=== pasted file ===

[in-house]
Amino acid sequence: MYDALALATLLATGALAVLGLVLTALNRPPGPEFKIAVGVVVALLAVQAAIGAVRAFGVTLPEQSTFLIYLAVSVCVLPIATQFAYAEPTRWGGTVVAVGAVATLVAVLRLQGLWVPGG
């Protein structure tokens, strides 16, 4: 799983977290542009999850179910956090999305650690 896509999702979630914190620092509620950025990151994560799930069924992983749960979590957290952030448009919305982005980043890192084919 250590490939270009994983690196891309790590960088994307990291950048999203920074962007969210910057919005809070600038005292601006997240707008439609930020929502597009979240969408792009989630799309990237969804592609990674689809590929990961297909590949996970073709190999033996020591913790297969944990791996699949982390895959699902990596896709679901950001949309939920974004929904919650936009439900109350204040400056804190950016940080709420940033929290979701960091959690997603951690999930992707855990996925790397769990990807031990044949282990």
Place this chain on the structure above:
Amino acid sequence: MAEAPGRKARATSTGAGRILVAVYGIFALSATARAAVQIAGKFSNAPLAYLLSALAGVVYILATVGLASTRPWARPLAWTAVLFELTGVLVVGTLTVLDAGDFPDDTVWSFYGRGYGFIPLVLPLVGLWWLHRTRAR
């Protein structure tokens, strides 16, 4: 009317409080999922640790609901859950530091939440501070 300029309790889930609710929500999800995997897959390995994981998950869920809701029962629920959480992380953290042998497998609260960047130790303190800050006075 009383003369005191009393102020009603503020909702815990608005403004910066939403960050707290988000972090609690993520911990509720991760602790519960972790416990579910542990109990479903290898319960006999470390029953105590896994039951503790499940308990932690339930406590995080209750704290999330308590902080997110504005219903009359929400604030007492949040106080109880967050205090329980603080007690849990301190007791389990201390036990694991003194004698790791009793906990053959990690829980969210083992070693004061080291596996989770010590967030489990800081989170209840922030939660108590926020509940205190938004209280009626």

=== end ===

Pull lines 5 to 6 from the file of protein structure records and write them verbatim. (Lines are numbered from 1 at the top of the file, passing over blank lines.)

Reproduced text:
Amino acid sequence: MAEAPGRKARATSTGAGRILVAVYGIFALSATARAAVQIAGKFSNAPLAYLLSALAGVVYILATVGLASTRPWARPLAWTAVLFELTGVLVVGTLTVLDAGDFPDDTVWSFYGRGYGFIPLVLPLVGLWWLHRTRAR
């Protein structure tokens, strides 16, 4: 009317409080999922640790609901859950530091939440501070 300029309790889930609710929500999800995997897959390995994981998950869920809701029962629920959480992380953290042998497998609260960047130790303190800050006075 009383003369005191009393102020009603503020909702815990608005403004910066939403960050707290988000972090609690993520911990509720991760602790519960972790416990579910542990109990479903290898319960006999470390029953105590896994039951503790499940308990932690339930406590995080209750704290999330308590902080997110504005219903009359929400604030007492949040106080109880967050205090329980603080007690849990301190007791389990201390036990694991003194004698790791009793906990053959990690829980969210083992070693004061080291596996989770010590967030489990800081989170209840922030939660108590926020509940205190938004209280009626």